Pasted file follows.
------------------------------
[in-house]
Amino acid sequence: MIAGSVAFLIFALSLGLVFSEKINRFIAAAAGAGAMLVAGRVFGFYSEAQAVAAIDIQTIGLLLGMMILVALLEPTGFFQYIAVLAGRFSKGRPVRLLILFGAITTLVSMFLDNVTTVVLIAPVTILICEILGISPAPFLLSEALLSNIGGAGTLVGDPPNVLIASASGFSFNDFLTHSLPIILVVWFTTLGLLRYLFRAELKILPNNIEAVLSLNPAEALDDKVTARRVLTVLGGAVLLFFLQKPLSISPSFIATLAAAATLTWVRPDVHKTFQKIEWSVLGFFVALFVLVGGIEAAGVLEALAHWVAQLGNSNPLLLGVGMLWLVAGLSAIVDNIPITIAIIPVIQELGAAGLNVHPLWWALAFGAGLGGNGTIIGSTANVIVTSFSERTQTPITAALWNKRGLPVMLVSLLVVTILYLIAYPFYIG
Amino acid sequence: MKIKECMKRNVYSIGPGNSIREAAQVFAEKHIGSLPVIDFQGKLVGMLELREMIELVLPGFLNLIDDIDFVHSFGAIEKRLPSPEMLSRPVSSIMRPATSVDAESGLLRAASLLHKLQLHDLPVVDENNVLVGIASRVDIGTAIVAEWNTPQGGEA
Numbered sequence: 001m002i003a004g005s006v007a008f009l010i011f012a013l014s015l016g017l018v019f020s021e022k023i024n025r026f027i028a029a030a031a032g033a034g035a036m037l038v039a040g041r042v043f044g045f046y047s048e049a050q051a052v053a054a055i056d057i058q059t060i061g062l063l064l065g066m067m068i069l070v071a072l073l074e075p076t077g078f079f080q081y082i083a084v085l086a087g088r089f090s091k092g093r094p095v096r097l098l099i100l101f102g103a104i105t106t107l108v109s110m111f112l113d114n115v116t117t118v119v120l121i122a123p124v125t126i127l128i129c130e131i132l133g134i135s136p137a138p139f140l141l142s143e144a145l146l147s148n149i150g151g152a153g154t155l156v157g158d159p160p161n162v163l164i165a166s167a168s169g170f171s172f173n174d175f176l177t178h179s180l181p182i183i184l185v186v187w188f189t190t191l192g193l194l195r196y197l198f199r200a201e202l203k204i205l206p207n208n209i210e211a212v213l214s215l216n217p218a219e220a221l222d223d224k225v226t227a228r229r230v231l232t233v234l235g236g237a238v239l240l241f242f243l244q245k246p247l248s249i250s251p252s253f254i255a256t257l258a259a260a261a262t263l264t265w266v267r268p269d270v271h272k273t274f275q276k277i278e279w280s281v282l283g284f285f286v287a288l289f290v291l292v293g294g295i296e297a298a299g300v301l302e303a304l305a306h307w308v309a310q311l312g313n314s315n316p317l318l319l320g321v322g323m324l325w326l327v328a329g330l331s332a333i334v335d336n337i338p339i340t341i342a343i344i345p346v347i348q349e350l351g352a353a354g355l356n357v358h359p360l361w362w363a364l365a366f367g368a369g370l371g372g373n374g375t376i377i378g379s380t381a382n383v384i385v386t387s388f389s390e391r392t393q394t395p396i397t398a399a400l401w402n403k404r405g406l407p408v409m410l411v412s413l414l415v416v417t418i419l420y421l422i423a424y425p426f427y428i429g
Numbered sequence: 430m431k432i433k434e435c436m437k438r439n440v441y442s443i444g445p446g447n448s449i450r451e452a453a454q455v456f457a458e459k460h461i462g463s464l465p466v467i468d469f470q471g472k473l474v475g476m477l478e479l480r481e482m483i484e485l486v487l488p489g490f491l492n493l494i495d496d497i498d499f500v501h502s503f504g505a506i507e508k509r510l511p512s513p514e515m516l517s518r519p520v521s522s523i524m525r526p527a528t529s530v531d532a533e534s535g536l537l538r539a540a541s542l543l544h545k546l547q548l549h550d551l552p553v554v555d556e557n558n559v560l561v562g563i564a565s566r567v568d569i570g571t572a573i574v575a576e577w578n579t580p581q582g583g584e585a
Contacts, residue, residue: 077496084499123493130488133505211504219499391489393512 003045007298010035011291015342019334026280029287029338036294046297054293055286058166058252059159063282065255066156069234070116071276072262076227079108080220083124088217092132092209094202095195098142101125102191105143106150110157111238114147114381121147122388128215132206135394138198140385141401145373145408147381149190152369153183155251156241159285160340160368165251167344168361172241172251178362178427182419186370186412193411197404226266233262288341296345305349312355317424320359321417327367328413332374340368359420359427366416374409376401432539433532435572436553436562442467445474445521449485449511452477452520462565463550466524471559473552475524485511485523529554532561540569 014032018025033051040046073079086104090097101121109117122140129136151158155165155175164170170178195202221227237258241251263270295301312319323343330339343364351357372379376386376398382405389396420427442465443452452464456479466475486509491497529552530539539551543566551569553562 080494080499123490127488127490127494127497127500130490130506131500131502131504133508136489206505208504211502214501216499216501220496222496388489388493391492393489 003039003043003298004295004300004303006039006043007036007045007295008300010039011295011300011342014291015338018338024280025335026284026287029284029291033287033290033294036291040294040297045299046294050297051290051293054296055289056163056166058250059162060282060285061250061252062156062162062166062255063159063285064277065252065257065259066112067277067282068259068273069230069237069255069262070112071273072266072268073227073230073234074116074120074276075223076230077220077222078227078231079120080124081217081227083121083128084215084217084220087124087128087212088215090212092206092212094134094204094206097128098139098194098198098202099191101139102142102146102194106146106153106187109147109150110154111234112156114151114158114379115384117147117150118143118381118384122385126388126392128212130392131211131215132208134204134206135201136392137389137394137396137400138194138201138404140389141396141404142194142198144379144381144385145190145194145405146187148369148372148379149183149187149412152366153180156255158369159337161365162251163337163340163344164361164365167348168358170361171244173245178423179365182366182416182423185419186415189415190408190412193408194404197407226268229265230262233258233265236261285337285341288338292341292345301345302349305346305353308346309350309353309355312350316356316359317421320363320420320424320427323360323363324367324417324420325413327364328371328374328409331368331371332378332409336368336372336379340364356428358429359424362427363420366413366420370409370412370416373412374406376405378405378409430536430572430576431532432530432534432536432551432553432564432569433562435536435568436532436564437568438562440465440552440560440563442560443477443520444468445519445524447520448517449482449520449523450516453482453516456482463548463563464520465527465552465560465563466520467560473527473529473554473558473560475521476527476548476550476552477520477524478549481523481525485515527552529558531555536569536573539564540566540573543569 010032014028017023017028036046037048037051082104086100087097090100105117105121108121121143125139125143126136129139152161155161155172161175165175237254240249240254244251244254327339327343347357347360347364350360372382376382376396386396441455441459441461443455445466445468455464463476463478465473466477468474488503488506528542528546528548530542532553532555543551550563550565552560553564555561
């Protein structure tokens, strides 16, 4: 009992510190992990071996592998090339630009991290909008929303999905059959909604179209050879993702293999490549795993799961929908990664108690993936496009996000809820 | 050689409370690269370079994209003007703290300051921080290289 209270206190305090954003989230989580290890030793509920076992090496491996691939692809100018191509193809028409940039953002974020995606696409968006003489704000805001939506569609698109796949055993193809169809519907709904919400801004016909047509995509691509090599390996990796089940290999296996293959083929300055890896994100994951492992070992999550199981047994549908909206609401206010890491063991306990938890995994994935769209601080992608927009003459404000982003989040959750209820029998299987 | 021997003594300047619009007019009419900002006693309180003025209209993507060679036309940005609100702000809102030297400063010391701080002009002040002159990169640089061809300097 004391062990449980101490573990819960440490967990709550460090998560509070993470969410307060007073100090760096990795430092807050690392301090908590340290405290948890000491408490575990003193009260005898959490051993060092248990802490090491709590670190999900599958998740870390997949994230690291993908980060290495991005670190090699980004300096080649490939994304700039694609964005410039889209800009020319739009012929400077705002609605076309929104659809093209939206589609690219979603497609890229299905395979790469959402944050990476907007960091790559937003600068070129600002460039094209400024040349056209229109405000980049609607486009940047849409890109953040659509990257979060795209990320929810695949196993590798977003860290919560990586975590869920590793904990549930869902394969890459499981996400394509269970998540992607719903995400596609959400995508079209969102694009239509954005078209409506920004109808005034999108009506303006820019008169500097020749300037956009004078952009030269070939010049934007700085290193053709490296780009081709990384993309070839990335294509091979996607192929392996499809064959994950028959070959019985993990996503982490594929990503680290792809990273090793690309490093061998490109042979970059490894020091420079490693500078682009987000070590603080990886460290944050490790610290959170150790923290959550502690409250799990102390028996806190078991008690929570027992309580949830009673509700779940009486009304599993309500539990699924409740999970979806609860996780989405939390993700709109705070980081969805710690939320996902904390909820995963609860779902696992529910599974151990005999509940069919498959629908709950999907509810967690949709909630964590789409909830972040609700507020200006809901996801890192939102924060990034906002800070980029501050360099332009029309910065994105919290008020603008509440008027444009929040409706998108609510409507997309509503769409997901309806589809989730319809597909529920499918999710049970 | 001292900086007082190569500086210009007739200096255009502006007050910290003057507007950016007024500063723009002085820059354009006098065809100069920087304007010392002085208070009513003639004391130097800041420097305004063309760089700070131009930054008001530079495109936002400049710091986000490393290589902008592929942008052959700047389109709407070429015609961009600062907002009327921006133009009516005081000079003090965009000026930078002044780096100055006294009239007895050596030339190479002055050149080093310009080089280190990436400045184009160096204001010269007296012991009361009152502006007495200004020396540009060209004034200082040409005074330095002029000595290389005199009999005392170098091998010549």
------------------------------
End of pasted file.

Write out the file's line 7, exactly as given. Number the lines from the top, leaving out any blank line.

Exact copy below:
């Protein structure tokens, strides 16, 4: 009992510190992990071996592998090339630009991290909008929303999905059959909604179209050879993702293999490549795993799961929908990664108690993936496009996000809820 | 050689409370690269370079994209003007703290300051921080290289 209270206190305090954003989230989580290890030793509920076992090496491996691939692809100018191509193809028409940039953002974020995606696409968006003489704000805001939506569609698109796949055993193809169809519907709904919400801004016909047509995509691509090599390996990796089940290999296996293959083929300055890896994100994951492992070992999550199981047994549908909206609401206010890491063991306990938890995994994935769209601080992608927009003459404000982003989040959750209820029998299987 | 021997003594300047619009007019009419900002006693309180003025209209993507060679036309940005609100702000809102030297400063010391701080002009002040002159990169640089061809300097 004391062990449980101490573990819960440490967990709550460090998560509070993470969410307060007073100090760096990795430092807050690392301090908590340290405290948890000491408490575990003193009260005898959490051993060092248990802490090491709590670190999900599958998740870390997949994230690291993908980060290495991005670190090699980004300096080649490939994304700039694609964005410039889209800009020319739009012929400077705002609605076309929104659809093209939206589609690219979603497609890229299905395979790469959402944050990476907007960091790559937003600068070129600002460039094209400024040349056209229109405000980049609607486009940047849409890109953040659509990257979060795209990320929810695949196993590798977003860290919560990586975590869920590793904990549930869902394969890459499981996400394509269970998540992607719903995400596609959400995508079209969102694009239509954005078209409506920004109808005034999108009506303006820019008169500097020749300037956009004078952009030269070939010049934007700085290193053709490296780009081709990384993309070839990335294509091979996607192929392996499809064959994950028959070959019985993990996503982490594929990503680290792809990273090793690309490093061998490109042979970059490894020091420079490693500078682009987000070590603080990886460290944050490790610290959170150790923290959550502690409250799990102390028996806190078991008690929570027992309580949830009673509700779940009486009304599993309500539990699924409740999970979806609860996780989405939390993700709109705070980081969805710690939320996902904390909820995963609860779902696992529910599974151990005999509940069919498959629908709950999907509810967690949709909630964590789409909830972040609700507020200006809901996801890192939102924060990034906002800070980029501050360099332009029309910065994105919290008020603008509440008027444009929040409706998108609510409507997309509503769409997901309806589809989730319809597909529920499918999710049970 | 001292900086007082190569500086210009007739200096255009502006007050910290003057507007950016007024500063723009002085820059354009006098065809100069920087304007010392002085208070009513003639004391130097800041420097305004063309760089700070131009930054008001530079495109936002400049710091986000490393290589902008592929942008052959700047389109709407070429015609961009600062907002009327921006133009009516005081000079003090965009000026930078002044780096100055006294009239007895050596030339190479002055050149080093310009080089280190990436400045184009160096204001010269007296012991009361009152502006007495200004020396540009060209004034200082040409005074330095002029000595290389005199009999005392170098091998010549």